Quentin Long sits down, gets up and down again for two and half hours to find out if Sydney’s newest gourmet buffet is a ‘trough’ or a self-directed degustation experience.
“A buffet. Like an all you can eat buffet?”
I get my wife’s incredulity.
Two kids, two fish, a dog and a mortgage and all I have to offer to celebrate 10 years of wedded toil is a ‘trough’ (our affectionate name for all-you-can-eat dining).
To say previous incarnations of the hotel restaurant have had a problematic relationship with success is not unfair. Several attempts at à la carte fine dining have been less than stellar.
So to avoid the ultimate madness, repeating the same behaviour and expecting a different outcome, the folk at The Langham have taken a bold and brave new direction, if not totally unique to Sydney.
Gourmet buffets in Sydney
Gourmet buffets have been installed with varying success across the city.
The Star has done particularly well with the Harvest Buffet, catering to its demographic.
Sheraton Grand Sydney Hyde Park has had similar success with Feast. While it has certainly leapt out of the ‘trough’ category it has never reached the elevated heights of true gourmet in my two trips.
Observatory Bar, The Langham, Sydney
To ease nerves and hopefully set the tone for the evening, we stop off for a pre-dinner drink at The Langham’s Observatory Bar.
It is a re-imagining rather than a recreation of the much-loved bar that, in a time before being rebadged as The Langham, Sydney, was the centrepiece of the hotel’s lobby and a favourite for any true bar connoisseur.
The reimagining is a sumptuous success. The chesterfields have been replaced with textured cream sofas and oodles of plush pillows.
The drinks updated to an extensive cocktail list with a generous list of exotic spirits. The gin list spans the globe and a page and half of the menu.
Kitchens on Kent
We wander back through the lobby to the maître d’ at Kitchens on Kent to be asked if we have a reservation.
Okay, that’s a bit different, and an immediate sign that the times might just be changing for buffet-dining. Requiring a reservation in days gone past was as likely as making a booking at McDonald’s.
The restaurant floor is humming. Most tables are filled with six or eight or more patrons sharing plates and tastes from across the world.
Sashaying through the tables we are shown to one of the few unoccupied tables.
The waitress lets us know it may be a buffet but we aren’t necessarily required to leave our seats. We can order food via the wait staff who will collect it from the stations and voilà, it will be delivered à la carte.
But that would mean sacrificing half the fun of this experience and we decline the offer. Wine ordered – wine list is reasonable if a little short – and we are off to eat with our eyes.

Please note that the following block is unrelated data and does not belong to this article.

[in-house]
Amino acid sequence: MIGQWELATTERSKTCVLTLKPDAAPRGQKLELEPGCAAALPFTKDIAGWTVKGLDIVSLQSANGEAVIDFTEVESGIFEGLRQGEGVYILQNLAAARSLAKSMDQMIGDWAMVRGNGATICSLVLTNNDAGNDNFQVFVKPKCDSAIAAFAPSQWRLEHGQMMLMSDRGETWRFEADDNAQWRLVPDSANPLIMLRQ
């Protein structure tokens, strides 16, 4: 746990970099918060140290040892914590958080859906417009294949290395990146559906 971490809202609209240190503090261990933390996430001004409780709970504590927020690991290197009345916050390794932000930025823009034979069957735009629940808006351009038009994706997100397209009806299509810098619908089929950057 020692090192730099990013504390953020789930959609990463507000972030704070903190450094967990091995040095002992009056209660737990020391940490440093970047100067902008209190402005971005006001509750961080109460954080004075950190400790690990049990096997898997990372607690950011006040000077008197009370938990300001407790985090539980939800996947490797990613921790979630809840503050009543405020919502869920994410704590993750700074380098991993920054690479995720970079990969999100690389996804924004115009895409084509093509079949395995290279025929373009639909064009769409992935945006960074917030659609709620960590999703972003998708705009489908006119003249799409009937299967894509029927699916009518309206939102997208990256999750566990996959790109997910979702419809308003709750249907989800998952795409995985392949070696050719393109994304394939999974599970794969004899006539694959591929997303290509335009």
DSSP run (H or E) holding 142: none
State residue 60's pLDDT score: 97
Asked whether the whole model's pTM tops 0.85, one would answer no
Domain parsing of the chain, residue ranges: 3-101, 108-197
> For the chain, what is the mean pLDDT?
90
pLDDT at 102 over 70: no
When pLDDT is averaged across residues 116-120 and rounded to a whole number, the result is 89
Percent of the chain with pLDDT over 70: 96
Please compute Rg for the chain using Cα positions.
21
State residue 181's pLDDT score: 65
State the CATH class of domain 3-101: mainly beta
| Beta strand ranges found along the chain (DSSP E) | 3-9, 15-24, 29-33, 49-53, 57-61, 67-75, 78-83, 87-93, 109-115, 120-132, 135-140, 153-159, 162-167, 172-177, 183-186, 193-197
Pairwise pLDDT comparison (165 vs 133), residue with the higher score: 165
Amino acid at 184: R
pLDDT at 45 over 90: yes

There are five savoury chef stations to choose from: Indian with its own tandoor (the chocolate naans are reportedly exquisite); Asian stir fry and Hong Kong dumpling bar and tonight’s special – peking duck pancakes; Italian fresh pasta and pizza bar; the Japanese robota grill that houses the carvery as well.
But it’s the fresh shellfish and sushi station in the centre of the restaurant that is the showpiece and dispels any ‘trough-like’ reservations.
The prawns, oysters and mussels are on display but not mountainous to be grotesquely excessive. Meanwhile the sushi chef cuts tuna, salmon or swordfish sashimi to order while you can help yourself to hand-crafted salmon and tuna sushi.
Our ‘entrée’ is an extended hour-long affair with the seafood station. Two trips each consisting of eight to 10 fresh plump Sydney rock oysters, salmon sashimi and a few cheeky prawns for me. My dining companion of 10 years shows more restraint with only one trip to the seafood station in which more than a handful of sweet and juicy king prawns are deftly dispatched.
The Asian station does a roaring trade of dumplings, Peking duck pancakes and stir-fry. The gow gee are the favourite. Moist not soggy, the prawn filling is not overwhelmed by garlic and spice but a restrained meat mix in which you can actually taste the crustacean.
Two sirloin slices are grilled in 30 seconds over the robata grill with a few veggies. This is great quality produce simply cooked and untarnished by elaborate sauces, treatments or emulsions.
The dessert station, the sixth and final chef station, is a sugary affair of chocolate fountains, almost every cake known to man and then a selection of ice-creams and sorbets with an Aladdin’s cave’s worth of toppings, crushed Oreos would be our kids’ favourite if we’d had a brain fade and invited them.
As a gluten-free eater, the pasta and pizza stations are unfortunately overlooked, but more due to the extended visit to the seafood than for want.
Two-and-a-half hours pass by as we eat our way languidly around the world.
We pause at intervals to enjoy the company and wine and realise we actually do have conversations left to be had after 10 years.
The service is attentive, whisking away finished plates and replacing cutlery with alacrity to maintain the stylish restaurant ambience.
It is a luxurious way to eat; at my leisure and as little or as much as I feel like.
There is a danger of gluttony at a buffet where volume can (and typically does) trump quality. At Kitchens on Kent the meals may be a little on the simpler side but the quality of produce speaks for itself.
The experience is a self-directed unfussy degustation.
Kitchens on Kent details
The Langham, Sydney
89-113 Kent Street, Millers Point